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Tiresias: The Ancient Mediterranean Religions Source Database



10413
Sophocles, Oedipus At Colonus, 1548


nanallow me unaided to find the sacred tomb where it is my fate to be buried in this land. This way, here—come this way! Hermes the Conductor and the goddess of the dead lead me in this direction. Light of day, no light to me, once you were mine


Intertexts (texts cited often on the same page as the searched text):

22 results
1. Hesiod, Theogony, 767, 185 (8th cent. BCE - 7th cent. BCE)

185. “Children, your father’s sinful, so hear me,”
2. Homer, Iliad, 9.259, 9.418, 9.569, 14.274 (8th cent. BCE - 7th cent. BCE)

9.259. /give thee if they be so minded, but do thou curb thy proud spirit in thy breast, for gentle-mindedness is the better part; and withdraw thee from strife, contriver of mischief, that so the Argives both young and old may honour thee the more.’ On this wise did that old man charge thee, but thou forgettest. Yet do thou lease even now 9.418. /lost then is my glorious renown, yet shall my life long endure, neither shall the doom of death come soon upon me. 9.569. /By her side lay Meleager nursing his bitter anger, wroth because of his mother's curses; for she prayed instantly to the gods, being grieved for her brother's slaying; and furthermore instantly beat with her hands upon the all-nurturing earth, calling upon Hades and dread Persephone 14.274. /So spake she, and Sleep waxed glad, and made answer saying:Come now, swear to me by the inviolable water of Styx, and with one hand lay thou hold of the bounteous earth, and with the other of the shimmering sea, that one and all they may be witnesses betwixt us twain, even the gods that are below with Cronos
3. Homer, Odyssey, 17.475, 20.78 (8th cent. BCE - 7th cent. BCE)

4. Aeschylus, Libation-Bearers, 1 (6th cent. BCE - 5th cent. BCE)

1. Ἑρμῆ χθόνιε, πατρῷʼ ἐποπτεύων κράτη 1. Hermes of the nether world, you who guard the powers that are your father’s, note anchored=
5. Aeschylus, Eumenides, 417 (6th cent. BCE - 5th cent. BCE)

417. Ἀραὶ δʼ ἐν οἴκοις γῆς ὑπαὶ κεκλήμεθα. Ἀθηνᾶ
6. Aeschylus, Fragments, None (6th cent. BCE - 5th cent. BCE)

7. Aeschylus, Fragments, None (6th cent. BCE - 5th cent. BCE)

8. Aeschylus, Fragments, None (6th cent. BCE - 5th cent. BCE)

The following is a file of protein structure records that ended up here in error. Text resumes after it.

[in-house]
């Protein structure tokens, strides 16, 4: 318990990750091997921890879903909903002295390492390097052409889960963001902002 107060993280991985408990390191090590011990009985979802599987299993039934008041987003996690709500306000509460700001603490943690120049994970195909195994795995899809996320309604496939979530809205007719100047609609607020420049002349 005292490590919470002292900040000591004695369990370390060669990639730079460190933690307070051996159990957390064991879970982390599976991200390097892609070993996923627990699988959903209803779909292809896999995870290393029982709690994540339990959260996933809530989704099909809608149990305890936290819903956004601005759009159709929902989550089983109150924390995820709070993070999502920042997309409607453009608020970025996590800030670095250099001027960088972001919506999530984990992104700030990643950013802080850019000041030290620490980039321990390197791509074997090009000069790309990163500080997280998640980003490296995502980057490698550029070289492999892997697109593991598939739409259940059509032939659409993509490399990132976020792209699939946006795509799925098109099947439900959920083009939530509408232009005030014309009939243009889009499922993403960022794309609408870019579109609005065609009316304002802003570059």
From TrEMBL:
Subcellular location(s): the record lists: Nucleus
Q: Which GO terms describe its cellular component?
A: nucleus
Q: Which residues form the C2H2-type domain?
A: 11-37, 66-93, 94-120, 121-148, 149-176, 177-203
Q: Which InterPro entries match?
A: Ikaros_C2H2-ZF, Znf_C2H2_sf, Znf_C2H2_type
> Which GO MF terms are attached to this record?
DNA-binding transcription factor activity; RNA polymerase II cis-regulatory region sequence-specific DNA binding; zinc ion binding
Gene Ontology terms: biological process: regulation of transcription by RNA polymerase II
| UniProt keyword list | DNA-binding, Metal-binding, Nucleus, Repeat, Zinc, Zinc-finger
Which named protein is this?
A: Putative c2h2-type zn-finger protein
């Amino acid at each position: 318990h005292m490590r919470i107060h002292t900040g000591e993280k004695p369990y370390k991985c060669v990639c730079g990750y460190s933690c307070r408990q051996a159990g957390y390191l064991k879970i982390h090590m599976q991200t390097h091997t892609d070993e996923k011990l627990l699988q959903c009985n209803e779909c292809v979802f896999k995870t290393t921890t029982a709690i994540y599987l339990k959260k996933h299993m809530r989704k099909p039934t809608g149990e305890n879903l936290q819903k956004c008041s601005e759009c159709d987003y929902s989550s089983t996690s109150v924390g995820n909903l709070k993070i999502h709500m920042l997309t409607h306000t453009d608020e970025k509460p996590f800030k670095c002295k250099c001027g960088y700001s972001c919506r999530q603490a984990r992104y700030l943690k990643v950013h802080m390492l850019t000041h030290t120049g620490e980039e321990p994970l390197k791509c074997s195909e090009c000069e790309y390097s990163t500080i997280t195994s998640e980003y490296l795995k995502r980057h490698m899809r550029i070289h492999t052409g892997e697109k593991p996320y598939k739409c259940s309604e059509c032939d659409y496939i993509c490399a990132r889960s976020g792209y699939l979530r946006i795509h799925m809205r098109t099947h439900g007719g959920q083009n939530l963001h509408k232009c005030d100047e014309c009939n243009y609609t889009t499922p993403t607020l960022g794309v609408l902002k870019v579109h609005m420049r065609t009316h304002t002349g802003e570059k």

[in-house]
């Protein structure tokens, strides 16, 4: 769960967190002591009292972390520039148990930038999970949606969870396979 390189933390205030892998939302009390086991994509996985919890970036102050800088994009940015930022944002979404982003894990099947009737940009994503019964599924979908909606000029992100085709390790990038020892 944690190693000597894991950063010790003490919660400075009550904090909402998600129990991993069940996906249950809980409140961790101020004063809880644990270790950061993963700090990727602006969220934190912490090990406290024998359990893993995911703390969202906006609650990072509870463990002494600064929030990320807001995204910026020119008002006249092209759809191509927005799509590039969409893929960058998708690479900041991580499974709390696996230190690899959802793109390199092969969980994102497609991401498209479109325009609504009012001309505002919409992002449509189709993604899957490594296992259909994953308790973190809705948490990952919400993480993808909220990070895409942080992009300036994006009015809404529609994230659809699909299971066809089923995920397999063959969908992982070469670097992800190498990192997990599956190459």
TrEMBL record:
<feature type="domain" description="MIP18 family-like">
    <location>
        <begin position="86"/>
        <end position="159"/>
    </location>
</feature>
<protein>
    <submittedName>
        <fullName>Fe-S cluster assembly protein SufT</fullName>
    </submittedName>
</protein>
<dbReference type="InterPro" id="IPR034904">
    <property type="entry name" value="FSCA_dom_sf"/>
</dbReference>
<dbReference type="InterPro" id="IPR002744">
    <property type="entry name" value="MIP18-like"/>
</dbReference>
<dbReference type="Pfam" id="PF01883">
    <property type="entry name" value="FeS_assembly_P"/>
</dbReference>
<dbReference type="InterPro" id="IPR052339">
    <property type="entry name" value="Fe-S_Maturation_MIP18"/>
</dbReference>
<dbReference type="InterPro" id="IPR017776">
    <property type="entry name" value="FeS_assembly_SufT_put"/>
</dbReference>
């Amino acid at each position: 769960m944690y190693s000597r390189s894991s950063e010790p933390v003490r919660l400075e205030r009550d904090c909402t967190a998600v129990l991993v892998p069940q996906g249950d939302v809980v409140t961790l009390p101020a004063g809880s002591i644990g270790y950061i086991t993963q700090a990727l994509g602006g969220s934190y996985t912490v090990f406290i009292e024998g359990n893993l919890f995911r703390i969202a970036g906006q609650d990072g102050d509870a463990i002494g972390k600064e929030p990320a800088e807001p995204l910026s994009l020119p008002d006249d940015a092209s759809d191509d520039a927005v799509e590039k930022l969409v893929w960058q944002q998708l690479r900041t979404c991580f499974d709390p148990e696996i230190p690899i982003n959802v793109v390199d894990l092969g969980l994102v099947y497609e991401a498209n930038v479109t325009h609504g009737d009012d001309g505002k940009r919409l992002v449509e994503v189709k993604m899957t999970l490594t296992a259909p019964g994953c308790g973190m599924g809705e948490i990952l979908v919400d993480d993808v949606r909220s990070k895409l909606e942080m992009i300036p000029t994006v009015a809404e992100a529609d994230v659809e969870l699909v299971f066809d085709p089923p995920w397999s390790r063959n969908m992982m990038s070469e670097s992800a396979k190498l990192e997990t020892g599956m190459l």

9. Aeschylus, Persians, 628 (6th cent. BCE - 5th cent. BCE)

628. ἀλλά, χθόνιοι δαίμονες ἁγνοί
10. Aeschylus, Seven Against Thebes, 70 (6th cent. BCE - 5th cent. BCE)

70. Ἀρά τʼ Ἐρινὺς πατρὸς ἡ μεγασθενής 70. and Curse, note anchored=
11. Aristophanes, Frogs, 82 (5th cent. BCE - 4th cent. BCE)

82. ὁ δ' εὔκολος μὲν ἐνθάδ' εὔκολος δ' ἐκεῖ.
12. Euripides, Alcestis, 361 (5th cent. BCE - 5th cent. BCE)

13. Euripides, Helen, 1307, 1306 (5th cent. BCE - 5th cent. BCE)

1306. πόθῳ τᾶς ἀποιχομένας
14. Euripides, Rhesus, 963 (5th cent. BCE - 5th cent. BCE)

963. of Death’s eternal bride, the heavenly-born
15. Sophocles, Ajax, 201, 245-256, 298-299, 349-350, 364-367, 387-391, 412-413, 443, 457-466, 479-480, 492-493, 522, 542-543, 560-573, 594-595, 646-647, 658-665, 672-673, 677, 679-683, 690, 837, 1372 (5th cent. BCE - 5th cent. BCE)

16. Sophocles, Electra, 111, 110 (5th cent. BCE - 5th cent. BCE)

17. Sophocles, Oedipus At Colonus, 1001-1043, 1156-1181, 1199, 1249, 1254-1396, 1413-1446, 1460, 1514-1515, 1518-1547, 1549-1555, 1612, 607-628, 720-889, 89, 890-899, 90, 900-1000 (5th cent. BCE - 5th cent. BCE)

18. Sophocles, Oedipus The King, 83, 82 (5th cent. BCE - 5th cent. BCE)

19. Sophocles, Women of Trachis, 178 (5th cent. BCE - 5th cent. BCE)

178. Hush—no more ill-omened words! I see a man approaching who is crowned with garlands as if for joyous news. Enter the Messenger. Messenger:
20. Aristotle, Poetics, 18 (4th cent. BCE - 4th cent. BCE)

21. Diodorus Siculus, Historical Library, 1.96 (1st cent. BCE - 1st cent. BCE)